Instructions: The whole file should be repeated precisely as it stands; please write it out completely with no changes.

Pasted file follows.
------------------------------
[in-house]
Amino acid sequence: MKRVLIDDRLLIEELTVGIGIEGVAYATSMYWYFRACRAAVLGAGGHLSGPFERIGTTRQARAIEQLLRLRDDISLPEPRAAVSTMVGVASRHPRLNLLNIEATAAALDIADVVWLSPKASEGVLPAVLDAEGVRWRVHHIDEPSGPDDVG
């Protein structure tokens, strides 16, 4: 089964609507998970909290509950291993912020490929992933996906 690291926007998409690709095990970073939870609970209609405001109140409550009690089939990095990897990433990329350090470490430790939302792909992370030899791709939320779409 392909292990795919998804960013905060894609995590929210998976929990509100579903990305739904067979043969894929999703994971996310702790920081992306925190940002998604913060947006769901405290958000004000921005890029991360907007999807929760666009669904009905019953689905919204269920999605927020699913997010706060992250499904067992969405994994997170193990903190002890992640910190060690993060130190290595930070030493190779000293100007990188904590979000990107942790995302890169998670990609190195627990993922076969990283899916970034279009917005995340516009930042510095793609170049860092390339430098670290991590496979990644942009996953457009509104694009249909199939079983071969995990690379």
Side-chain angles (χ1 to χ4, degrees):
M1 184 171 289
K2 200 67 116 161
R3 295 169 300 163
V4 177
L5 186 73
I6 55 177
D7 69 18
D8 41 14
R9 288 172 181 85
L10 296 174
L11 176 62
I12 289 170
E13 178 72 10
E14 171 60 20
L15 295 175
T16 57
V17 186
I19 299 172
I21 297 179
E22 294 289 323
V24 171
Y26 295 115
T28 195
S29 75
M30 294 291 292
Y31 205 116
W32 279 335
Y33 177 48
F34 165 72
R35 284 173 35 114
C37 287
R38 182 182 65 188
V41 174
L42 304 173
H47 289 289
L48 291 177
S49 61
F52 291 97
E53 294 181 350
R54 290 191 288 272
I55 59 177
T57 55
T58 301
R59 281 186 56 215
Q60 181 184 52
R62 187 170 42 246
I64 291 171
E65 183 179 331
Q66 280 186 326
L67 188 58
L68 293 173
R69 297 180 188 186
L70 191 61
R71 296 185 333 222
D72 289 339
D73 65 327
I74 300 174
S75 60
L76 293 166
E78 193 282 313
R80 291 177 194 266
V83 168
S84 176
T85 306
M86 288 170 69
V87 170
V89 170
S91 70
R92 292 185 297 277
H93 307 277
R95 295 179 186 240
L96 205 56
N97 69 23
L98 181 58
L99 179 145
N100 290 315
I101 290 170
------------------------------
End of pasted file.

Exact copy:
[in-house]
Amino acid sequence: MKRVLIDDRLLIEELTVGIGIEGVAYATSMYWYFRACRAAVLGAGGHLSGPFERIGTTRQARAIEQLLRLRDDISLPEPRAAVSTMVGVASRHPRLNLLNIEATAAALDIADVVWLSPKASEGVLPAVLDAEGVRWRVHHIDEPSGPDDVG
């Protein structure tokens, strides 16, 4: 089964609507998970909290509950291993912020490929992933996906 690291926007998409690709095990970073939870609970209609405001109140409550009690089939990095990897990433990329350090470490430790939302792909992370030899791709939320779409 392909292990795919998804960013905060894609995590929210998976929990509100579903990305739904067979043969894929999703994971996310702790920081992306925190940002998604913060947006769901405290958000004000921005890029991360907007999807929760666009669904009905019953689905919204269920999605927020699913997010706060992250499904067992969405994994997170193990903190002890992640910190060690993060130190290595930070030493190779000293100007990188904590979000990107942790995302890169998670990609190195627990993922076969990283899916970034279009917005995340516009930042510095793609170049860092390339430098670290991590496979990644942009996953457009509104694009249909199939079983071969995990690379």
Side-chain angles (χ1 to χ4, degrees):
M1 184 171 289
K2 200 67 116 161
R3 295 169 300 163
V4 177
L5 186 73
I6 55 177
D7 69 18
D8 41 14
R9 288 172 181 85
L10 296 174
L11 176 62
I12 289 170
E13 178 72 10
E14 171 60 20
L15 295 175
T16 57
V17 186
I19 299 172
I21 297 179
E22 294 289 323
V24 171
Y26 295 115
T28 195
S29 75
M30 294 291 292
Y31 205 116
W32 279 335
Y33 177 48
F34 165 72
R35 284 173 35 114
C37 287
R38 182 182 65 188
V41 174
L42 304 173
H47 289 289
L48 291 177
S49 61
F52 291 97
E53 294 181 350
R54 290 191 288 272
I55 59 177
T57 55
T58 301
R59 281 186 56 215
Q60 181 184 52
R62 187 170 42 246
I64 291 171
E65 183 179 331
Q66 280 186 326
L67 188 58
L68 293 173
R69 297 180 188 186
L70 191 61
R71 296 185 333 222
D72 289 339
D73 65 327
I74 300 174
S75 60
L76 293 166
E78 193 282 313
R80 291 177 194 266
V83 168
S84 176
T85 306
M86 288 170 69
V87 170
V89 170
S91 70
R92 292 185 297 277
H93 307 277
R95 295 179 186 240
L96 205 56
N97 69 23
L98 181 58
L99 179 145
N100 290 315
I101 290 170